My Reward for Being, was this—
My Premium—My Bliss—
An Admiralty, less—
And Realms—just Dross—
When Thrones—accost my Hands—
I'll unroll—Thee –
To Peer this Grace—
To Dower—so Great—
F375 (1862) 343
In this celebration of her poetic gift—destiny, really, Dickinson reprises her poem from the year before, “For this—accepted Breath.” In both poems she compares an unspecified “this” with the most exalted states and finds “this” to be superior. I, and other readers, interpret “this” as referring to her poetry and poems by fact of her biography and by reading the poems deductively. It just makes sense.
Poetry, for Dickinson, was her “Reward for Being.” Shouldn’t we all be so lucky! But then few people are as aware of what being alive in the world means as Dickinson and our other great poets. I suppose this hyper awareness is part of what fuels the poetic genius. Poetry is also her “Premium” and her “Bliss.”
Reading the poem reminds me a bit of skiing on moguls: you zoom down a hill only touching ground from top to top of the bumps. In this and other Dickinson poems we touch the meaning through the surfaced words. We make out the underlying geography by filling in the gaps. Using this technique, I fill in some gaps as follows (putting the poem in prose, Emily forgive me):
My reward for being fully alive, my premium for my efforts, my bliss—is my poetry. An Admiralty would be worth less; a king’s fortune and kingdom worthless by comparison. When the world comes begging for my attention, begging “Here, me! Miss – take me!”, no matter how glorious their attractions, I’ll simply unroll my poems. They are my dynasty, not some heirs. Even the glories of the world around me—the garden, birds and other creatures of Creation, are not true peers of the grace I’ve been given as a poet. Empires and great states are small, just dust, in comparison to the great dowery of poetry.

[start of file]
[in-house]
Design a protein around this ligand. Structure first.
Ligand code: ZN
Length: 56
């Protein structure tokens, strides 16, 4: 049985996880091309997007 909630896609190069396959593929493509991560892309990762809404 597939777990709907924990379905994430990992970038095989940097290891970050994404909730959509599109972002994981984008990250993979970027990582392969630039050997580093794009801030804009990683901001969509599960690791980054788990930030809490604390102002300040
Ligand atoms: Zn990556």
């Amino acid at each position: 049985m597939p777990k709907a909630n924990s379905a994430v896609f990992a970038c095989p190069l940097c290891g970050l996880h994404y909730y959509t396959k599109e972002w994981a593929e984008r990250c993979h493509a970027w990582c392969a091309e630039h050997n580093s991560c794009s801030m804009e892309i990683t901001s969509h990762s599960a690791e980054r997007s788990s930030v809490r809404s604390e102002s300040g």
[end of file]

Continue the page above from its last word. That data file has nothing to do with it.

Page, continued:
|Scepters, kingdoms? Nothing, compared to poetry|
If this sounds a bit puffed up, we should cut the poet some slack. Just glance back at the very depths of despair she can experience (as recent examples, “The Soul had Bandaged moments,” It was not Death, for I stood up,” and “I felt a Funeral, in my Brain”) and it becomes apparent that although she does seem capable of wild swings from agony to ecstasy, it is poetry that sustains her in both states. Besides, I believe a strong case can be made for poetry being a nobler, grander, and more enduring gift than that of any crown or kingdom. Shakespeare, anyone? Homer? Milton?
The poem has a visual and metric compactness that mirrors it’s abbreviated—all right, sketchy—grammar. The lines are short and except for the first line, do not go beyond three poetic feet (six syllables). Dickinson creates rhyming lines much more than usual. In the first stanza, all of the rhymes are to “this”—perhaps a way of emphasizing the word. The second stanza is less regular but there are two primary rhyme clusters: Me, Thee, Dynasty; and the slant rhymes of Grace, State, Dust, Great. In that last string, the slant rhymes depend on the long “a” sound—except for “Dust” which finds its echos in the “t” sounds of State and Great. Dust is the odd word out here—fittingly because it is the lowliest word among them.
An alternate version, written earlier in the year according to Franklin, has the lines following “Creation—powerless—” as follows:
Dominions dowerless—beside this Grace—
The Ballots of Eternity, will show just that.
I’m glad she revised the poem as “The Ballots of Eternity” sounds a bit too hackneyed.